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Pinterest Cut Costs from $54 to $20 Per Hour by Automatically Shutting Down Systems

We've long known one of the virtues of the cloud is, through the magic of services and automation, that systems can be shut or tuned down when not in use. What may be surprising is how much money can be saved. 

This aspect of cloudiness got a lot of pub at AWS re:Invent and is being rebranded under the term Cost-Aware Architecture. An interesting example was given by Ryan Park, Pinterest’s technical operations lead:

  • 20% of their systems are shutdown after hours in response to traffic loads
  • Reserved instances are used for standard traffic 
  • On-demand and spot instances are used to handle the elastic load throughout the day. When more servers are needed for an auto-scaled service,  spot requests are opened and on-demand instances are started at the same time. Most services are targeted to run at about 50% on-demand and 50% spot.
  • Watchdog processes continually check what's running. More instances are launched when needed and terminated when not needed. If spot prices spike and spot instances are shut down, on-demand replacement instances are launched. Spot instances will be relaunched when the price goes back down. Spot capacity issues are rare and rarely are apparent to users.
  • Using this approach costs have gone from $54 per hour to $20 per hour
  • Only 2 weeks of engineering were required to build the system and with very little maintenance needed, it saves a lot of money.

We are in very early days of Adaptive Architectures. What is being managed are relatively large resource abstractions running on relatively large scale computer abstractions. Yet it's a start. More at Cloud Programming Directly Feeds Cost Allocation Back Into Software Design.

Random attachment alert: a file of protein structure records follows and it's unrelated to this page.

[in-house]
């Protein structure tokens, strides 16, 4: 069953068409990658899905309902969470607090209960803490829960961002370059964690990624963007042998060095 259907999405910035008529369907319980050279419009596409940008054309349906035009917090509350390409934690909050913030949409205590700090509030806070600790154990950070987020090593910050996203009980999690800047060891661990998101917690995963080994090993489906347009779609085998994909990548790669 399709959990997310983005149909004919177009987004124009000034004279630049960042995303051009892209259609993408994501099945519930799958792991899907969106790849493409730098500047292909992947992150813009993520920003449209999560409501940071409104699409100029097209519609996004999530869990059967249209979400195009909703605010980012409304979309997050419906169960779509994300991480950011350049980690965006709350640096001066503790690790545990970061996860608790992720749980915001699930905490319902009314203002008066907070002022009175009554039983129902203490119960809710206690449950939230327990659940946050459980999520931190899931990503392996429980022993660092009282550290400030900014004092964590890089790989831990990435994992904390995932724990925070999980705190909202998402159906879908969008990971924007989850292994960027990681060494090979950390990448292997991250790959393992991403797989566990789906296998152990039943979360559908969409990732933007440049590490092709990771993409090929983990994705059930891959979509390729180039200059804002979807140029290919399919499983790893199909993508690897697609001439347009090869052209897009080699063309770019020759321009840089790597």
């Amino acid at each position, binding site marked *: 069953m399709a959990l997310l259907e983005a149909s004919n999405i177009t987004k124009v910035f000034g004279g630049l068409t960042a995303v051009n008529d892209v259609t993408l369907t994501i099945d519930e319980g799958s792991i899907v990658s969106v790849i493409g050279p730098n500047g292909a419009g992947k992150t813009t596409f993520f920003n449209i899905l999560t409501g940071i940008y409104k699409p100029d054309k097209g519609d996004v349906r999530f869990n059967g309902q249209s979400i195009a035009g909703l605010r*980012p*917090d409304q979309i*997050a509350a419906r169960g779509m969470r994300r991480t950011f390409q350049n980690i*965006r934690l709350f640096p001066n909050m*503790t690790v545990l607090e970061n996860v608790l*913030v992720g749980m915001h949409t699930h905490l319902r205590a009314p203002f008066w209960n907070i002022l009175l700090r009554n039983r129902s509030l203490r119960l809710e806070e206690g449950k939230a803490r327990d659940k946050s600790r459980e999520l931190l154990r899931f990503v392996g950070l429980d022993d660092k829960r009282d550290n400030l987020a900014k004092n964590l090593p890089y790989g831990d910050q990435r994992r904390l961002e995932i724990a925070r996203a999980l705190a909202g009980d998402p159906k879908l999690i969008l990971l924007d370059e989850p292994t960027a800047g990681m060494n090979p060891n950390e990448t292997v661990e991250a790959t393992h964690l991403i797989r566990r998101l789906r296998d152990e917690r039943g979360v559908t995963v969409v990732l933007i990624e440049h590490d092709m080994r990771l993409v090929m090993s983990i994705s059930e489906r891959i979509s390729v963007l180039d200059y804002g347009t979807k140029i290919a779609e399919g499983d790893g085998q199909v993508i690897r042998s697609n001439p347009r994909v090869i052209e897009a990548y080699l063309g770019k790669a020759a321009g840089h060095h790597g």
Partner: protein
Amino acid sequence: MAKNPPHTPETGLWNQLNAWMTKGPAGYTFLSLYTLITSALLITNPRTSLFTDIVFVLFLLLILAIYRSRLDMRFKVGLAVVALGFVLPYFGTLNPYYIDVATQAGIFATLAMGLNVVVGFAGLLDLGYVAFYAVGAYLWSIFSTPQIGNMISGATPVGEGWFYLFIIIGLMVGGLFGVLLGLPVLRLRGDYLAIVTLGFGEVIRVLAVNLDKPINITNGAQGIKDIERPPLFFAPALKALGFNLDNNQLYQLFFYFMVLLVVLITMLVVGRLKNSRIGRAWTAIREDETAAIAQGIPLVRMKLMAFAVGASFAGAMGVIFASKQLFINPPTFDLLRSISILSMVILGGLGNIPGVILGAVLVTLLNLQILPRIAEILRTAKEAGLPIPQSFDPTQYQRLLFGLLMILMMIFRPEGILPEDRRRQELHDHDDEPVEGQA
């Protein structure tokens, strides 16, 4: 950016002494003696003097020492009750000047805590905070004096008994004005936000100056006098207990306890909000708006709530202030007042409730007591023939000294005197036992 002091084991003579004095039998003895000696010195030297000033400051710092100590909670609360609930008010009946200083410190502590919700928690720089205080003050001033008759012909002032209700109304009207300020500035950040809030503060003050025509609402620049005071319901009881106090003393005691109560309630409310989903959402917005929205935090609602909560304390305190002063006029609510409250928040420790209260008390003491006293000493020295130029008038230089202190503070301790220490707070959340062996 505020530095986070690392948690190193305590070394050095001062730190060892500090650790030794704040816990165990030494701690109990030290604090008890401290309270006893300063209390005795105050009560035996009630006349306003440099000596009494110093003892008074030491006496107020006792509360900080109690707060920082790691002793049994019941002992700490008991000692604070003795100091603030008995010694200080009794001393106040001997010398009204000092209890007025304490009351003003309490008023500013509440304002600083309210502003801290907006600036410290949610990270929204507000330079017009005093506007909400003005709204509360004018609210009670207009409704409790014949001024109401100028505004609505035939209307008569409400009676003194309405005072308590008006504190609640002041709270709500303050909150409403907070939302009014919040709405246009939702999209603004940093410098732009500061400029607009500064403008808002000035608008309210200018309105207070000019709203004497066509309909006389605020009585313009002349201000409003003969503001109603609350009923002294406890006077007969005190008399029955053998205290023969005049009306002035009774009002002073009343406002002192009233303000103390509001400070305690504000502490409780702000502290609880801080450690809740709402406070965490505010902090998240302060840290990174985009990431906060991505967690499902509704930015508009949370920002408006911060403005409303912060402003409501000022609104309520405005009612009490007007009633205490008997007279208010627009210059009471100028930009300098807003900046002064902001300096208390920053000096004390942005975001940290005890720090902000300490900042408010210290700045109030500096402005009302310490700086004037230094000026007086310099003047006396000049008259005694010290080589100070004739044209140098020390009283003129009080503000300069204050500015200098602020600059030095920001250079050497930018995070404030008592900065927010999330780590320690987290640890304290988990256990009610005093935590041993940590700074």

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Reader Comments (5)

and the money they save doing that they must to pay it for the expensive cloud prices actually are...

December 12, 2012 | Unregistered CommenterIvan de la Jara

It's a really effective technique. At a previous job we were catering exclusively to customers (who would pay for a subscription effectively) in Ireland, UK and Germany, which enabled us to be very specific about the times our service would be used.

Since it was for business use, we could run at full capacity for just 10 hours a day and drop down to running a handful of database systems with little compute capacity outside of this. Fantastic savings compared to running 24x7, which really matches typical IaaS pricing models.

December 12, 2012 | Unregistered CommenterDominic Cleal

Amazon is starting to stress these concepts in the AWS Architecture classes that they offer. They certainly aren't opposed to you paying for allocated capacity you aren't using, but the the more that their users start architecting solutions like this, the less expensive it is for Amazon to scale their infrastructure to handle their customer's loads.

December 14, 2012 | Unregistered CommenterS.Fuller

That was one of the cool things Cassat did. It was quite interesting to see machines turn off and then back on at scheduled hours (or on demand) - makes for interesting OpenNMS graphs

January 3, 2013 | Unregistered CommenterBob

Energy waste is also a hot button for me. Implementing a similar solution on 600 servers running at an animation studio, we found that 56% of their power usage was spent powering idle servers and could lead to financial savings. There were some challenges along the way, especially when it came to interfacing with some older IBM chassis infrastructure, but we were able to work through it. Visibility into incoming workload and server performance was especially important to keep them comfortable with powering machines down. Here is a link to the case study if you are interested http://tsologic.com/toronto-animation-studio-ready-to-save-up-to-56-with-tso-logic/

January 3, 2013 | Registered CommenterAaron Rallo

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